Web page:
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COMPARISON OF TAMIL POLITICAL MOVEMENTS

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ancient Dravidian race was also influential, and Sri Lankan Tamil politicians referred to this alleged heritage in debates and campaign speeches in the 1930’s and 1940’s (Russell 1982, 149). By the early 1970’s, however, just as the Dravidian parties were becoming stably incorporated into the Indian Union, militant Tamil movements were beginning to take up arms as a means of carving out a separate Tamil state in Sri Lanka. It is widely acknowledged that during the early 1980’s the Indian government supported the Sri Lankan Tamil militants with weapons and training (Krishna 1999, 114-115). As the civil war between the Sri Lankan military and the Tamil militants in the north-eastern Tamil speaking areas intensified, the Indian government intervened citing the dangers posed to the Indian Union by spiraling Tamil separatism in Sri Lanka. By 1987, however, the Indian Peace Keeping Force in Sri Lanka (IPKF) and the largest of the Tamil militant groups, the Liberation Tigers of Tamil Eelam (LTTE) were at war. The LTTE had rejected as inadequate the proposals for territorial devolution contained in the Indo-Lanka peace accord. By 1991 the IPKF had withdrawn, and after a short interval the war resumed between the Sri Lankan military and the LTTE. Following the LTTE’s assassination of the former Indian Prime Minister and Congress Party leader Rajiv Gandhi during an election campaign in 1991, Indian involvement in Sri Lanka has been more circumspect and restrained. In recent months, the Indian position has been limited to stressing the need for a negotiated solution, whilst emphasising commitment to Sri Lanka’s territorial integrity. There have been close and often complex connections between Tamil politics in India and Sri Lanka. These connections must be seen in the larger context of ongoing social, political and economic interactions between the two countries. Sinhalese as well as Tamil politicians in Sri Lanka were influenced by the Indian National Congress. During the 1920’s and 1930’s prominent Sri Lankan politicians, including the future Prime Minister S. W. R. D. Bandaranaike, attended the annual sessions of the Indian Congress (Russell 1982, 44). Despite the reticence that followed the assassination of Rajiv Gandhi, India has become a major international player in Sri Lankan political and economic life, and Sri Lanka is said to receive a large share of Indian foreign investment. Sri Lanka’s ethnic conflict also continues to affect India through a steady stream of Tamil refugees that try to escape the fighting in the north-east by making the hazardous crossing of the Palk Straits to reach Indian shores. These important connections are, however, overshadowed by the very different dynamics of Tamil politics in India and Sri Lanka. This paper will argue that these differences are best explained by placing Sri Lankan and Indian Tamil politics, political party development, and competition within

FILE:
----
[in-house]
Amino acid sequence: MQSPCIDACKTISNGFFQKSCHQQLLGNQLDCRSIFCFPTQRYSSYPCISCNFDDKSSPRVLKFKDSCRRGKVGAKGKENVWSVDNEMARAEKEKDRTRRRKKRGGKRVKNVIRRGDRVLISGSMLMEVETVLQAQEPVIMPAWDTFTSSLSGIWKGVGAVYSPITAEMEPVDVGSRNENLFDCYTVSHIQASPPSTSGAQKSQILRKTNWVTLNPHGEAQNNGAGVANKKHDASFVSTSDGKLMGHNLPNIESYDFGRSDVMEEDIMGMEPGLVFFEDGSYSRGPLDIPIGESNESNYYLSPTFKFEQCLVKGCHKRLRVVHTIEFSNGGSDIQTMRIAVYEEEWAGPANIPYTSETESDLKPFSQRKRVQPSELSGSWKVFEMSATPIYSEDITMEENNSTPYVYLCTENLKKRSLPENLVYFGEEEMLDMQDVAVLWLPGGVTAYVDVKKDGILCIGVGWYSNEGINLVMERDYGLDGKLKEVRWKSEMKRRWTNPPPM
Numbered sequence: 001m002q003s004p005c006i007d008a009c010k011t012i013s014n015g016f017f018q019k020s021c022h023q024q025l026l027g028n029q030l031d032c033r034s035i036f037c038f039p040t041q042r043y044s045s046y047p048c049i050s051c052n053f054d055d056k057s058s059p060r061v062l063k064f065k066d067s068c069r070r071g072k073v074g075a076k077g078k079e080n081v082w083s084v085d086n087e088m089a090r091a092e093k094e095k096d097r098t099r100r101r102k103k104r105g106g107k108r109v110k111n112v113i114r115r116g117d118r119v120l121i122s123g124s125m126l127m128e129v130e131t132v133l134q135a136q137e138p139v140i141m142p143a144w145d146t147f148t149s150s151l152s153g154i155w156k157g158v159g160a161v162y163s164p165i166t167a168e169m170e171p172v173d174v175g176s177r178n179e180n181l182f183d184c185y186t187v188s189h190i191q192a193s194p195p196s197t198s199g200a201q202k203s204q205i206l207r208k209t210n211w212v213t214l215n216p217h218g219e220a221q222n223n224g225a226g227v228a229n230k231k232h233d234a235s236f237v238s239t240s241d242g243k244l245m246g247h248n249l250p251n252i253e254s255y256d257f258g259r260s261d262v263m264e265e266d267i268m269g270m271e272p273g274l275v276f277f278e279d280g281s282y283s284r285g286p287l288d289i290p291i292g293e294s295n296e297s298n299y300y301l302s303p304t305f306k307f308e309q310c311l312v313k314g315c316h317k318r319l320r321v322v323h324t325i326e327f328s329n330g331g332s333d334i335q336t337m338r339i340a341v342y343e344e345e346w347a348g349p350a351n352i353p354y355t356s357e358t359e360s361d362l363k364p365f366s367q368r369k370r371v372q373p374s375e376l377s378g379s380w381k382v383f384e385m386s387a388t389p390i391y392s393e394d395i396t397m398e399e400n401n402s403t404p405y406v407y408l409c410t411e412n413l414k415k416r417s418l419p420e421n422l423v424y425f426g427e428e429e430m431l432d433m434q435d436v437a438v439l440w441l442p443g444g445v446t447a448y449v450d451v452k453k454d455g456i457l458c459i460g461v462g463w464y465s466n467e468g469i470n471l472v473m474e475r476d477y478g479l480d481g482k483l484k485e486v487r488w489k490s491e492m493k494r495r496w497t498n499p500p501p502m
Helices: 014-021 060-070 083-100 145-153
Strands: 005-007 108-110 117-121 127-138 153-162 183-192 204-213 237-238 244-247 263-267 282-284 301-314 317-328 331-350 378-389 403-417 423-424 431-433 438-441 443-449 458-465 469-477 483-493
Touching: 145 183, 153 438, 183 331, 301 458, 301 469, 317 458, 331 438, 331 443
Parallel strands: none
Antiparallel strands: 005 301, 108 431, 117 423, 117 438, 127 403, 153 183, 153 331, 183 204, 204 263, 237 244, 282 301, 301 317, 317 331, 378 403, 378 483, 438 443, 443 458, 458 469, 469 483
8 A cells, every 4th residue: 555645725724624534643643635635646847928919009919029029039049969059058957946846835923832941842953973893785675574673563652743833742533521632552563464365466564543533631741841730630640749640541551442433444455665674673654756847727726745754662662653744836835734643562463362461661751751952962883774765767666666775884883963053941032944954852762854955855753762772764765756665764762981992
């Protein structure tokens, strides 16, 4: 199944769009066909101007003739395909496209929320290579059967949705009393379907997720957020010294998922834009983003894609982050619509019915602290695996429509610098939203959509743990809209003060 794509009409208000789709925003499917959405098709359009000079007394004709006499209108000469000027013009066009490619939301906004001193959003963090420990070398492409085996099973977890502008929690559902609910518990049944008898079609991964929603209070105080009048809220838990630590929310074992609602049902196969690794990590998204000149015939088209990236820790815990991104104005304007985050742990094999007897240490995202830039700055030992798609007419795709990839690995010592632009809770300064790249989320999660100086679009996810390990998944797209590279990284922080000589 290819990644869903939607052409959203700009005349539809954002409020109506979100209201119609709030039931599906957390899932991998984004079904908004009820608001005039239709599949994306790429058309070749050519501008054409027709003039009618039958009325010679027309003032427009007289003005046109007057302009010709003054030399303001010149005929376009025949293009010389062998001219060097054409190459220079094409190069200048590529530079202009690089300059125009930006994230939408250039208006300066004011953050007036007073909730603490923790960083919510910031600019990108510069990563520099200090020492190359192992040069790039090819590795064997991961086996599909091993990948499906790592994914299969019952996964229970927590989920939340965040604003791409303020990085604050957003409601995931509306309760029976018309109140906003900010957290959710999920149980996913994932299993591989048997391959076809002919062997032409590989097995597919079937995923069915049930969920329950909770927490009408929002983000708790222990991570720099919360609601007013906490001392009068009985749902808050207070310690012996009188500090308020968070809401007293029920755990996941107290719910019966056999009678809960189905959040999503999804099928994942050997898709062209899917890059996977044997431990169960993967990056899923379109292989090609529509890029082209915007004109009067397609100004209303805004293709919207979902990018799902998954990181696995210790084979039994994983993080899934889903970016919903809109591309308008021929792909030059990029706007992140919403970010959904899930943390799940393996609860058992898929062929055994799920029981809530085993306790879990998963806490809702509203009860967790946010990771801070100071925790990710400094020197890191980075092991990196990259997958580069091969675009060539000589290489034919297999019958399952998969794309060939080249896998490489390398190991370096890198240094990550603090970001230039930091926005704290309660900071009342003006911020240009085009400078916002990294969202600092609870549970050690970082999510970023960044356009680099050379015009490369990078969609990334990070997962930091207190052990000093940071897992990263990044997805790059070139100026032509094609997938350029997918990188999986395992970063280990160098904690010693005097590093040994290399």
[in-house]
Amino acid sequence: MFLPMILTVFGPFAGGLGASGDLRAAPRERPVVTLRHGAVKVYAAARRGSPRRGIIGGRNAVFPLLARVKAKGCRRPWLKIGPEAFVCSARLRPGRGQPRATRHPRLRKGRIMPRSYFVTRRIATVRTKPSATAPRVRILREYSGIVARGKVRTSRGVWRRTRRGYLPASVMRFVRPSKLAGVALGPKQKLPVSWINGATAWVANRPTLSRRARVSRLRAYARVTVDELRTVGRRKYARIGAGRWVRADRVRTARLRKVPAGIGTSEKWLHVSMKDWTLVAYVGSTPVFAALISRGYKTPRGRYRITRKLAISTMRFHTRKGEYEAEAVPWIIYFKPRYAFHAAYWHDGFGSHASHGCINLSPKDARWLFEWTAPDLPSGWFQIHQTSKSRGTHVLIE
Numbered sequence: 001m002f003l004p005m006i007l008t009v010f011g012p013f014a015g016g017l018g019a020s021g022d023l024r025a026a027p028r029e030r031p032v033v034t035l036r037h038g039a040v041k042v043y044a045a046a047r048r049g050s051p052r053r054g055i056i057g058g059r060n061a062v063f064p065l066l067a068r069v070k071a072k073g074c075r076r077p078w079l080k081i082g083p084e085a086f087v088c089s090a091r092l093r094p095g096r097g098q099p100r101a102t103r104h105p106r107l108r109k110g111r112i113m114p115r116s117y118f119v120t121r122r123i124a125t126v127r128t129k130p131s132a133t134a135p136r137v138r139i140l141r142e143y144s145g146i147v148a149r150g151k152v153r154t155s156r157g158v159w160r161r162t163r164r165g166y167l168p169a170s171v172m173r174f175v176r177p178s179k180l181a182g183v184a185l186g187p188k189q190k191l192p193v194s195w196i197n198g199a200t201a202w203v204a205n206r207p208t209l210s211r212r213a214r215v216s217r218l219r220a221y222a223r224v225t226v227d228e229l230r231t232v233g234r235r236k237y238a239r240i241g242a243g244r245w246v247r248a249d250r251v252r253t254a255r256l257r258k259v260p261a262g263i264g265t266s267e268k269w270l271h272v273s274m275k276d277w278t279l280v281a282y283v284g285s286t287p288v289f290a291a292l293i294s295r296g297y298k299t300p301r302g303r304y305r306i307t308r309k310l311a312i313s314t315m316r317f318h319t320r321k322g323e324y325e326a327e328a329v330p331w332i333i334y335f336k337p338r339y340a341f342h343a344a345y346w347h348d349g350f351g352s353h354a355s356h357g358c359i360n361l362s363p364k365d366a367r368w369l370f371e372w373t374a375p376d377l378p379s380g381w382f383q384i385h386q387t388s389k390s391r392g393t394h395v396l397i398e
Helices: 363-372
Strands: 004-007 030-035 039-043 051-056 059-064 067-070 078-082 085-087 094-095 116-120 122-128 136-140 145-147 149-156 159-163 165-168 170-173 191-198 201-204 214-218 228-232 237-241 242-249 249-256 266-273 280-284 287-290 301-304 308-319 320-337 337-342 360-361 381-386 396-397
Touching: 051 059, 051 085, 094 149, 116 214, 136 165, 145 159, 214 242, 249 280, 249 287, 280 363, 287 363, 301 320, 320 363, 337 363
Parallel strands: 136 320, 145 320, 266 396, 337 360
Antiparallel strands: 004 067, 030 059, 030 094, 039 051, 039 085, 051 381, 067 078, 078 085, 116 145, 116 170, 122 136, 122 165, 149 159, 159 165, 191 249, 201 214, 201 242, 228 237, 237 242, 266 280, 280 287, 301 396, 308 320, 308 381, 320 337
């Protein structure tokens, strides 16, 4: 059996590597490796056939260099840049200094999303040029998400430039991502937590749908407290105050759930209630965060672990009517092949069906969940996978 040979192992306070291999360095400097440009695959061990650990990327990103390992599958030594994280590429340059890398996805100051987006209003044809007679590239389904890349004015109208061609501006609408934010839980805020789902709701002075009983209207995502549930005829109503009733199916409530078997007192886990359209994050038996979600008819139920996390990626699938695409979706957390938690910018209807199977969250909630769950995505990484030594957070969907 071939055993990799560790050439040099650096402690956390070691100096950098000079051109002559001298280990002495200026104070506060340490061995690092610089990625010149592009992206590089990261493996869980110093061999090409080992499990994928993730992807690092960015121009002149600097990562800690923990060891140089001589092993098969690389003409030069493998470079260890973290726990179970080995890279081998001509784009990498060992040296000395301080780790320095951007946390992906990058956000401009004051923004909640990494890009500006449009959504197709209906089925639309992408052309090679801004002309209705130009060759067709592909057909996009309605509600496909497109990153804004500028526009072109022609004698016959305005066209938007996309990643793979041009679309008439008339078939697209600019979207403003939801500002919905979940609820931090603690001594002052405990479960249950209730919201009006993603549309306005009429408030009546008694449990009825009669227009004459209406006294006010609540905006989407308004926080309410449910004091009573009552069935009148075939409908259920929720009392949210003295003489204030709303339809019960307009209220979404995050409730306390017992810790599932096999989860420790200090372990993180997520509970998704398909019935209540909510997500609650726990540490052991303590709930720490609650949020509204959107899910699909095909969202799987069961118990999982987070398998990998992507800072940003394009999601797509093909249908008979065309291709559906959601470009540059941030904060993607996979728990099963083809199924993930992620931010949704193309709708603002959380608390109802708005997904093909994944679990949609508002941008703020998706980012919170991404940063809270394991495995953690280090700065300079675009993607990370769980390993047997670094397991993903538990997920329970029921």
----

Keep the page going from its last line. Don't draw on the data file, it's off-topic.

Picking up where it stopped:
Sagar XVII — 2007  
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